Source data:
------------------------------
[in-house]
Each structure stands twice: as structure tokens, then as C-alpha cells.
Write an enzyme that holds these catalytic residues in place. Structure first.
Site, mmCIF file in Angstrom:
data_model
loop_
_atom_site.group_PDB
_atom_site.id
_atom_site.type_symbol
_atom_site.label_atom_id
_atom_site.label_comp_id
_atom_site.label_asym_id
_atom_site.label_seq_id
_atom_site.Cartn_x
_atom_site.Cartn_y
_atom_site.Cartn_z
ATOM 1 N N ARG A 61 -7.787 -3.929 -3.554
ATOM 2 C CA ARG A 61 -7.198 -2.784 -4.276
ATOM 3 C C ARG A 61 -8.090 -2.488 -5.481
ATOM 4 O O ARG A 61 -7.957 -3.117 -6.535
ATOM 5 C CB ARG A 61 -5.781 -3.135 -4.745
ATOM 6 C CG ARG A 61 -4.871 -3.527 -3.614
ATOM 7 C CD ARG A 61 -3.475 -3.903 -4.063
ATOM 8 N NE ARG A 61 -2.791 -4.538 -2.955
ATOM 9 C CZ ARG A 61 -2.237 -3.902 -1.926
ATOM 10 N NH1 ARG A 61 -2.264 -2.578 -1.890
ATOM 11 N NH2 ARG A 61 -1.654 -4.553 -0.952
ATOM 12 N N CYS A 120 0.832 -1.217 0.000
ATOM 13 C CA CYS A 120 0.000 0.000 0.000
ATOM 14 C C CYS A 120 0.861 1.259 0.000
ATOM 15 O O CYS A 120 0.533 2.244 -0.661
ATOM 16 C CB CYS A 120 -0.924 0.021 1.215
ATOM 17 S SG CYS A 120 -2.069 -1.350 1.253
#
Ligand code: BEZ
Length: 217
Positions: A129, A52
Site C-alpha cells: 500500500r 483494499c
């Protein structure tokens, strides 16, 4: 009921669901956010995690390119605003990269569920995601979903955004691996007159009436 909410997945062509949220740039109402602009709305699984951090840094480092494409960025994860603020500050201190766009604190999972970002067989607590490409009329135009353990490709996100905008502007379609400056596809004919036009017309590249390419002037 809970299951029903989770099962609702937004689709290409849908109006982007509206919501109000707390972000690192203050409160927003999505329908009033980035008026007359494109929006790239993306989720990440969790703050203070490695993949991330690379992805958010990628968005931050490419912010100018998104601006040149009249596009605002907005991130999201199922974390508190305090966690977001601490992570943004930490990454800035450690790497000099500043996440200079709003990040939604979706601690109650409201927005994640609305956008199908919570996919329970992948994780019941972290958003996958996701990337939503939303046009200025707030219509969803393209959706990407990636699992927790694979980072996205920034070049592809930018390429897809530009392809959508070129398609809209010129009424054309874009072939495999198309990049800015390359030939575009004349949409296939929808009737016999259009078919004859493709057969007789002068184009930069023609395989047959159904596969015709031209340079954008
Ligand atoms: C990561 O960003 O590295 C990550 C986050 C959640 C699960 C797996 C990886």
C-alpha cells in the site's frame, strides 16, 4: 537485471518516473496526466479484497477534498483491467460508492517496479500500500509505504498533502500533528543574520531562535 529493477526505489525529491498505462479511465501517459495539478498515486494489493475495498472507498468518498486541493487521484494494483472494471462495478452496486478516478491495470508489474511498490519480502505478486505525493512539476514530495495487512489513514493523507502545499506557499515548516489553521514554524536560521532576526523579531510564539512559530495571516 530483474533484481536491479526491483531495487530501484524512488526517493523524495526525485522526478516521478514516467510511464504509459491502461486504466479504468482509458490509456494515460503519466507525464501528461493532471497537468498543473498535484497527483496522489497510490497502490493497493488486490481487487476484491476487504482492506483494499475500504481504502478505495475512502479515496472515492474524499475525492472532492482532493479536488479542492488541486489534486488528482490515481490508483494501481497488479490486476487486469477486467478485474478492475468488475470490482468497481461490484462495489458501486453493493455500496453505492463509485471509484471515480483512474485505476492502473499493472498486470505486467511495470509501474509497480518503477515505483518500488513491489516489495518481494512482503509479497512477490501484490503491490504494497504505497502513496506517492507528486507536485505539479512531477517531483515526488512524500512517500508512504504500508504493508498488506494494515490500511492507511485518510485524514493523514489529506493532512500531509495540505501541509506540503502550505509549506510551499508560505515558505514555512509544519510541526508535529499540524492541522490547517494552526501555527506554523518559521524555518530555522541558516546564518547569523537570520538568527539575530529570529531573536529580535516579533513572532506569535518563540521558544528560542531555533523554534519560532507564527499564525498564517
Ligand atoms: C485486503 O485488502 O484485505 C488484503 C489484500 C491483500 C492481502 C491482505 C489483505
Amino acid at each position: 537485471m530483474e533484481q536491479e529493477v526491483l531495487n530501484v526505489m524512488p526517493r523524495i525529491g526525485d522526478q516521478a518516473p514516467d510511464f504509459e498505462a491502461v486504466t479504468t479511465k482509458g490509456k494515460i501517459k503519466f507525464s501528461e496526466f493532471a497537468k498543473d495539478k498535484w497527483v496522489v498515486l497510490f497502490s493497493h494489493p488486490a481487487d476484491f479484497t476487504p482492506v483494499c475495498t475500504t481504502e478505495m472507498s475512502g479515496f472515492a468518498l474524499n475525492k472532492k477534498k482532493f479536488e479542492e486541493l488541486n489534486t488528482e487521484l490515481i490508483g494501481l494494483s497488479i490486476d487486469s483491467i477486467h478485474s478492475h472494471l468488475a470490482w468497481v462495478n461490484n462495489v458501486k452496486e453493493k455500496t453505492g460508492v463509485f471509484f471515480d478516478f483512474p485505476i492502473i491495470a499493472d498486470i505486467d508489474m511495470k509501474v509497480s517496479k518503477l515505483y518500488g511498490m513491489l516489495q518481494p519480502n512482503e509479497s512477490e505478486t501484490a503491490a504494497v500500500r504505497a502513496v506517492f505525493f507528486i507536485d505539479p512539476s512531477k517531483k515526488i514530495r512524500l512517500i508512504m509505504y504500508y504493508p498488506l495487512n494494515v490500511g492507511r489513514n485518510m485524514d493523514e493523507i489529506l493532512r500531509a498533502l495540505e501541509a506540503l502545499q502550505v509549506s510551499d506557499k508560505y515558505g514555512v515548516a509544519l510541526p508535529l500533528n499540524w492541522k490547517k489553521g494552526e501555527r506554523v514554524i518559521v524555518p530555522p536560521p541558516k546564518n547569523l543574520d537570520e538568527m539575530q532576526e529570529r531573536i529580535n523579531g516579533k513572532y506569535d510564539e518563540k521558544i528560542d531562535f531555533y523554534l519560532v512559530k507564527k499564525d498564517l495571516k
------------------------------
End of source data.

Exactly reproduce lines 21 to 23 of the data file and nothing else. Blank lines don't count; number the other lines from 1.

ATOM 5 C CB ARG A 61 -5.781 -3.135 -4.745
ATOM 6 C CG ARG A 61 -4.871 -3.527 -3.614
ATOM 7 C CD ARG A 61 -3.475 -3.903 -4.063